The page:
Modern economies rely on infrastructure, transportation, healthcare, construction, and energy utilities. Copper is critical to each one of these industries—supporting economic growth, urbanization, higher living standards, and a sustainable future.
How does copper do all this?
The element has five key properties that make it an integral part of the modern economy:
- High conductivity
- Pressure resistance
- Corrosion resistance
- Antimicrobial properties
Let’s look at how these properties factor into major uses of the red metal today.
Copper Builds: Construction and Infrastructure
The construction and infrastructure industries use more than 40% of all copper produced. Copper’s properties make it the optimal choice for various construction activities:
- Roofing: Copper’s wind resistance, aesthetic appeal, and sustainability make it a great roofing material.
- Tubing: Residential heating and water systems use copper tubes for copper’s high thermal conductivity and antimicrobial properties.
- Electric grids: The generation, transmission, distribution, and consumption of electricity all rely on copper wiring for its electrical conductivity and malleability.
In addition, copper lightning conductors are the longstanding protectors of buildings when lightning strikes—a further testament to its electrical properties.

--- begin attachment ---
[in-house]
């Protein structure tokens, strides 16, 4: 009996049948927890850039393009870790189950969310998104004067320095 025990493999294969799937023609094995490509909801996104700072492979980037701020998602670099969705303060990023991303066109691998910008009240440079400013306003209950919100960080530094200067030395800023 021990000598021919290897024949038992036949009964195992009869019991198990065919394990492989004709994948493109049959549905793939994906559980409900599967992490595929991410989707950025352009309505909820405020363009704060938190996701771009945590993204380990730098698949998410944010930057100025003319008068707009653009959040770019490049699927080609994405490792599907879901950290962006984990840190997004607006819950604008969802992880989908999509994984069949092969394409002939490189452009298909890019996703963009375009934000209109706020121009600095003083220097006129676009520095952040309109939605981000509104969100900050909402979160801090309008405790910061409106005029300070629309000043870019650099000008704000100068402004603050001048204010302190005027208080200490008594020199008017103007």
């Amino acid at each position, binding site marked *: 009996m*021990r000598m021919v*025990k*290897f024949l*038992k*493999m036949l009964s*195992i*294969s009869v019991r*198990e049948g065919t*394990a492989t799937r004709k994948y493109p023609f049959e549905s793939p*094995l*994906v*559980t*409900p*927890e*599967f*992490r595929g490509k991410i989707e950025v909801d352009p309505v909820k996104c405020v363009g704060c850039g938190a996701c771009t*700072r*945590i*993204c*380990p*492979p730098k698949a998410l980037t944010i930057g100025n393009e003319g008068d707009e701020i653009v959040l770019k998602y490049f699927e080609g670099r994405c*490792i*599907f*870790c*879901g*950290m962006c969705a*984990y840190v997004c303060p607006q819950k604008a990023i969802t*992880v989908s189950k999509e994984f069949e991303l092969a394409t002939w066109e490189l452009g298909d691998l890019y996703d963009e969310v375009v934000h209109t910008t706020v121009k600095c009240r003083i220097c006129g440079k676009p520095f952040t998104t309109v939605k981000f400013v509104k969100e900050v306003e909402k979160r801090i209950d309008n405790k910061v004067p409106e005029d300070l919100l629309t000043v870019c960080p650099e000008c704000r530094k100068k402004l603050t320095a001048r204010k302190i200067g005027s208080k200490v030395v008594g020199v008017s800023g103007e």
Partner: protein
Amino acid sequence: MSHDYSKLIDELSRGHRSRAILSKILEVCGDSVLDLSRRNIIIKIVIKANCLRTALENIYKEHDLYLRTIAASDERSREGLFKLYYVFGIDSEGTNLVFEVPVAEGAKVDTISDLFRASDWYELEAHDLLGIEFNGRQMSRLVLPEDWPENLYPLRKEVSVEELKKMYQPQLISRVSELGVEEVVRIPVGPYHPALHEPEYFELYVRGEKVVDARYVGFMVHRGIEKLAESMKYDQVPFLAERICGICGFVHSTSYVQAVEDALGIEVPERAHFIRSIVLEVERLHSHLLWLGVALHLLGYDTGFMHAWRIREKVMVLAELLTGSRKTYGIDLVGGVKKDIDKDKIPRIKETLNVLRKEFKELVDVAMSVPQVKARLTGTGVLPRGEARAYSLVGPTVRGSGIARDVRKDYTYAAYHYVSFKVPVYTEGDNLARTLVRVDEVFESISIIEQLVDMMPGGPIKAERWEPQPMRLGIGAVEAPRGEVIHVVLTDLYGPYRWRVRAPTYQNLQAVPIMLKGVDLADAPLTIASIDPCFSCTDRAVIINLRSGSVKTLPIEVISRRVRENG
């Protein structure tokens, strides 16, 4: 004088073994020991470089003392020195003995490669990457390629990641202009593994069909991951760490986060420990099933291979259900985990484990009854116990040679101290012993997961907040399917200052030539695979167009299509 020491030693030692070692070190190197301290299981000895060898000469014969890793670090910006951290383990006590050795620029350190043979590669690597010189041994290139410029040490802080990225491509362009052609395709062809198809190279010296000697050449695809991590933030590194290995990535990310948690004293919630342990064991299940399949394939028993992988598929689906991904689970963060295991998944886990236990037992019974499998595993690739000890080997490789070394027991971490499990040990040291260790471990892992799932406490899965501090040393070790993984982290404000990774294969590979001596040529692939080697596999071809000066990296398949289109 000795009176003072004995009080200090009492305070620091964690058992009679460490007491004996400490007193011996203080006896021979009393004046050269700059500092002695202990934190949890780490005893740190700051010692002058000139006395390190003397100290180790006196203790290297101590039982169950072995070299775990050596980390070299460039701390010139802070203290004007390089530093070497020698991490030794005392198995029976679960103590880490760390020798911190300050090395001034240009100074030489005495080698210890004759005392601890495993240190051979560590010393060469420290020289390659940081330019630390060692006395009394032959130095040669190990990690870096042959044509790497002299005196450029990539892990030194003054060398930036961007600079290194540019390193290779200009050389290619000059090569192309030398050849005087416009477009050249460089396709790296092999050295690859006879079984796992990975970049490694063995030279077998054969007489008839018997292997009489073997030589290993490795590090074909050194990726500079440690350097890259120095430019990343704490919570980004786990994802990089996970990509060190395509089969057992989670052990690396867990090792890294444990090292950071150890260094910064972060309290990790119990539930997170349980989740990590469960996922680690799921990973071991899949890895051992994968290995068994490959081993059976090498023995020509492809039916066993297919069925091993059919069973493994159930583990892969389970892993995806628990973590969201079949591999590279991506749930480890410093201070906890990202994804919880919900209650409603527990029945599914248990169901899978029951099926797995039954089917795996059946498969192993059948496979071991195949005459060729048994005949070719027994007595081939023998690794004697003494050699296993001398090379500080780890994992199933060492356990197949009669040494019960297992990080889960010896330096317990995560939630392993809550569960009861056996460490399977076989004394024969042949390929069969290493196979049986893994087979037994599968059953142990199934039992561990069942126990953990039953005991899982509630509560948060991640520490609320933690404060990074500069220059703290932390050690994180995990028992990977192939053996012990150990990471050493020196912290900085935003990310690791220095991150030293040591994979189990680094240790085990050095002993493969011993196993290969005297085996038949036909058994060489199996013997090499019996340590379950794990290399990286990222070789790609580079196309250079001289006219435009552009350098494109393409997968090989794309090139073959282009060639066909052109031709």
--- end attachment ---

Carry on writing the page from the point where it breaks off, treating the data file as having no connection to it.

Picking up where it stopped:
Despite its widespread usage, copper remains highly affordable. Without copper, powering, wiring, and protecting our homes would prove costly and difficult.
Copper Moves: Transportation
From gas-powered cars and electrical vehicles (EVs) to trains and airplanes, copper is an essential part of our daily commute.
Here are some interesting uses of copper in transportation:
As the global population grows, more transportation services will be required—and copper will continue to play a crucial role.
Copper Cares: Healthcare and Hospitals
Did you know that copper can kill 99.9% of E.Coli within two hours of exposure?
This, alongside the ongoing COVID-19 pandemic, makes copper’s antimicrobial properties and healthcare applications more important than ever.